Tuesday, November 6, 2007

I Was a Mac. They Were PCs.

When I first began teaching in a computer-based classroom at Virginia Tech, I was essentially a Mac user. I had had some previous experience using an old DOS machine as a glorified word processor—anyone remember Volkswriter? But that was it. I had taken a summer workshop on using Macs in education and read extensively on the subject. Macs were my friend, and even if I didn’t know everything about how to use them, I knew where to find the answers.

The problem was that the majority of the students in my classes were PC users. The Engineering Department required all incoming first-year students to buy a PC, so these students knew far more than I did about their machines, which were nothing like the Macs that I knew and loved.

It was awkward going at the beginning of the term. Even though the Macs in the computer classroom were equipped with software that allowed them to read PC floppy disks, there were regular challenges to get students’ work off their PC diskettes and onto the Macs. And to make matters worse, the Engineering Department was using Word Perfect while the classroom was equipped with Clarisworks.

We were all frustrated. I knew that students needed to save their homework in Rich Text Format (RTF), but I didn’t know how they would do it on their PCs. All I could do was send them off to read their documentation and try again. They hated it. I hated it. I thought I’d made one of my worst decisions ever by teaching the computer-based class. Still we all kept trying.

At the beginning of class one day, one of the engineering students asked if she could share something. She handed me a sheet of complete instructions, starting with saving a document in RTF in Word Perfect on a PC and ending with opening the file in Clarisworks on a Mac. I gave her the class, and let her teach the process that day. Everyone left with a copy of her instructions, and the aggravations of our platform differences essentially disappeared. I no longer felt inadequate, and the students were no longer frustrated by the technology.

One of the challenges of teaching 21st-century literacy is the vulnerability that teachers like me feel as we teach with technologies when we are not the experts. The 21st-Century Literacies Policy Research Brief tell us to persevere in the face of this challenge:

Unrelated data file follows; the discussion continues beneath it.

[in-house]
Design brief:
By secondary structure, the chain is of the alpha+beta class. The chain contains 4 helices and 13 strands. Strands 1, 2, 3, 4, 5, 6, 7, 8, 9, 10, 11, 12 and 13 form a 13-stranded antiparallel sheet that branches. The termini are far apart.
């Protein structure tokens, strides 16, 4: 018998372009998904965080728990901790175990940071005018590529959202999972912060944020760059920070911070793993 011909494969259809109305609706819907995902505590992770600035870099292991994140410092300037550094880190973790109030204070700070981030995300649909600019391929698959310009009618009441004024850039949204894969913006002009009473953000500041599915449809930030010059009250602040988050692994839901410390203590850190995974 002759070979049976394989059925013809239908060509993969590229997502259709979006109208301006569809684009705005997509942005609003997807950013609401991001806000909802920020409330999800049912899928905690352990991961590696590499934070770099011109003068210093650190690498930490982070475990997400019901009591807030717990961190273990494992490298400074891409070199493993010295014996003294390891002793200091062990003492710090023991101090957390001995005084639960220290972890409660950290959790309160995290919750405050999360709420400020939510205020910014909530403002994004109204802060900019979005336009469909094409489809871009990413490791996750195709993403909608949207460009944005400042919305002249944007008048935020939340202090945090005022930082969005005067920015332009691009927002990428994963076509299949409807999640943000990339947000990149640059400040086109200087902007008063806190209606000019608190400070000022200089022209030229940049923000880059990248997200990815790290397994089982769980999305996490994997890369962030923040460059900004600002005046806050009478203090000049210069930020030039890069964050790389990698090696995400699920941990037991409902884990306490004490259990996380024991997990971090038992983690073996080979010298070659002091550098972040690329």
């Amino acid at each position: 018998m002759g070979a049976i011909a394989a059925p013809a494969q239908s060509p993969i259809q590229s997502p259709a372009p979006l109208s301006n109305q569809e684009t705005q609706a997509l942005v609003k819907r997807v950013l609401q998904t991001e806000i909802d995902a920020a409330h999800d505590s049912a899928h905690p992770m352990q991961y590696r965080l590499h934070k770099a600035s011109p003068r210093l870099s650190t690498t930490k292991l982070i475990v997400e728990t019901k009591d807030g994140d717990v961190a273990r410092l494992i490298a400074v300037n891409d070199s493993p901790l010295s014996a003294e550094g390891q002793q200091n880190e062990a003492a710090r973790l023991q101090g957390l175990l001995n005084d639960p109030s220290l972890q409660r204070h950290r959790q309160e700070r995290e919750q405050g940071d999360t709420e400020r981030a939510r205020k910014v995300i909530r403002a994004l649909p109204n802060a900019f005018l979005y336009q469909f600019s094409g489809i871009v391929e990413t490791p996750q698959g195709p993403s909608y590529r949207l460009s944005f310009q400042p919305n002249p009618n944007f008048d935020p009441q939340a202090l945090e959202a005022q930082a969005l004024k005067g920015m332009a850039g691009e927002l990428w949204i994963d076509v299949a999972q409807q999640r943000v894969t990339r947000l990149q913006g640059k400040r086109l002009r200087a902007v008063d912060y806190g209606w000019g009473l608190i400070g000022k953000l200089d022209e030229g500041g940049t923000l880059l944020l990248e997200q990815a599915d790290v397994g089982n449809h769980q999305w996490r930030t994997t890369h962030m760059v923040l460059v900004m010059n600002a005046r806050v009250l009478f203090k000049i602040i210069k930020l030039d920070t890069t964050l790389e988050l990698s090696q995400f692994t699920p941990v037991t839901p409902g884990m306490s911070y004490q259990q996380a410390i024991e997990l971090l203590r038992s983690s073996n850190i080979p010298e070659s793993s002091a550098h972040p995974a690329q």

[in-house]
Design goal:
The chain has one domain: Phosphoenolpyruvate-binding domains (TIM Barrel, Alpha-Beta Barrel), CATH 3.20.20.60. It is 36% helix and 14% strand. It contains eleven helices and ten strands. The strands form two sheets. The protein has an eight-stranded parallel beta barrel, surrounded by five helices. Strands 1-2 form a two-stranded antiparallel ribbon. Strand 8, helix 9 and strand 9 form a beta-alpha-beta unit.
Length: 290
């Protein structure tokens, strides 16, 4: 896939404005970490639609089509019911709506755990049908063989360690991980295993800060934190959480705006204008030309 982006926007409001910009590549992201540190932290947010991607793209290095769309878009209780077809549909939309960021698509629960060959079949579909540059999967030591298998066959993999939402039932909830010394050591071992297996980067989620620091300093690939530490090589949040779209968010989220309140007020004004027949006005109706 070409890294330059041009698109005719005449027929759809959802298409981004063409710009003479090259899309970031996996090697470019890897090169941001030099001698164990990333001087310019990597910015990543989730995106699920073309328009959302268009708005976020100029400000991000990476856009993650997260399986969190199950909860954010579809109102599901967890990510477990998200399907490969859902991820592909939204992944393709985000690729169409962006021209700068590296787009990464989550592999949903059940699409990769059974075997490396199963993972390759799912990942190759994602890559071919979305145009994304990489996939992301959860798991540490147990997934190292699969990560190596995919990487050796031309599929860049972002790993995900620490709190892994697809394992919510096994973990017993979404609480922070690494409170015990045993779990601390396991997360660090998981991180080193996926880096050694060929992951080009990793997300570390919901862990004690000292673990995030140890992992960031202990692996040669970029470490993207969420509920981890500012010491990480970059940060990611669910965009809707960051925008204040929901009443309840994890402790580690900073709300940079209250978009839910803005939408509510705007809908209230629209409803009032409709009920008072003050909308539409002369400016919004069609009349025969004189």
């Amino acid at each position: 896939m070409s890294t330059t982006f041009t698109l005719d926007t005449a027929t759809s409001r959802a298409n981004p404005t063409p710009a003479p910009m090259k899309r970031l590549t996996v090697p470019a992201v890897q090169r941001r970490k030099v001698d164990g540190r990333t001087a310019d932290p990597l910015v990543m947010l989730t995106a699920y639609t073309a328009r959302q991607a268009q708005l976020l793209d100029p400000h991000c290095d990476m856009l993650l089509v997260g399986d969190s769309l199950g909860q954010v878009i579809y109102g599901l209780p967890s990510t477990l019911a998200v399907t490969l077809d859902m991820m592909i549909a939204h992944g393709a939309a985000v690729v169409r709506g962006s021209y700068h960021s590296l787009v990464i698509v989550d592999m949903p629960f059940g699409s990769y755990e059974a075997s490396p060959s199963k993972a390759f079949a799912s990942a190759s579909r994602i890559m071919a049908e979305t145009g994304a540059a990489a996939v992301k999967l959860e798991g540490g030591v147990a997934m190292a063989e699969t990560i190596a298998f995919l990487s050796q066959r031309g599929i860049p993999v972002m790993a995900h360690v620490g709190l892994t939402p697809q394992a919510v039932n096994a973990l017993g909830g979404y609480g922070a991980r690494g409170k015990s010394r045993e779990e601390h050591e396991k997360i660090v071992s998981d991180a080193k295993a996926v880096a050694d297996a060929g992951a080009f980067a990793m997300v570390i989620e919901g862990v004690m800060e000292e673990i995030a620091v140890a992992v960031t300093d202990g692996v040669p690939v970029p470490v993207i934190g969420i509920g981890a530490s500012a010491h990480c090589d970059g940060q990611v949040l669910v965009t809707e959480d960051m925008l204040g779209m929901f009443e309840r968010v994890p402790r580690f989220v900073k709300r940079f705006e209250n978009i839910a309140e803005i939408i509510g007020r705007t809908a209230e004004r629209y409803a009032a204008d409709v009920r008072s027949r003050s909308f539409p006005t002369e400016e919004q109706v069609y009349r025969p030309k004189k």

Myth: Teachers need to be experts in technology in order to use it effectively in instruction.

Reality: Research shows that effective teachers collaborate with students to understand the information landscape and think about its use. Since success with technology depends largely upon critical thinking and reflection, even teachers with relatively little technological skill can provide useful instruction. (3)

With all due respect, research may show that teachers do not need to be the technology experts, but that doesn’t make it any easier to stand in front of a classroom, facing twenty-five technology-savvy students. But the truth is that it actually is more effective to let the students take control. When we talk about student-centered pedagogical strategies, we rarely think twice about asking students to be responsible for their learning. Somehow technology shifts things around though.

What can we do? Formally place students in the position of experts:

  • Ask students to write technology autobiographies, which share with the entire classroom community the experience and knowledge they have with technology.
  • Have students write instructions for the different technologies they know how to use.
  • Call for student volunteers to serve as peer tutors on specific pieces of software or processes.
  • Encourage students to share the ways that the technology they have access to effect their lives.
  • Invite students to share texts that they have found and to discuss why they think they are valuable.

In other words, ask students to take the lead. When they do, we no longer have to stand in front of a classroom, facing twenty-five technology-savvy students. Instead, we are standing in the classroom alongside students who are strengthening the 21st-century literacy skills that they need to meet the demands of our rapidly changing world.


Jason Ohler said...

As I tell my students who are pre-service teachers, "Be the guide on the side, not the technician magician." Let kids help us with the clicks and tricks we don't have time to learn, while we help them use their collective talent to develop quality work.

Jennifer K. Lubke said...

I find the proliferation of web-based technologies to be such an exciting development because it seems to alleviate the problem of "platform differences" that you describe. I love the idea of "Internet as desktop"!

But the challenges do persist. For one, teachers still need time to "play" and experiment with technology, and yes, we need to let students share their expertise. Secondly, many of the best web-based tools for document sharing and collaboration are blocked by district and state content filters.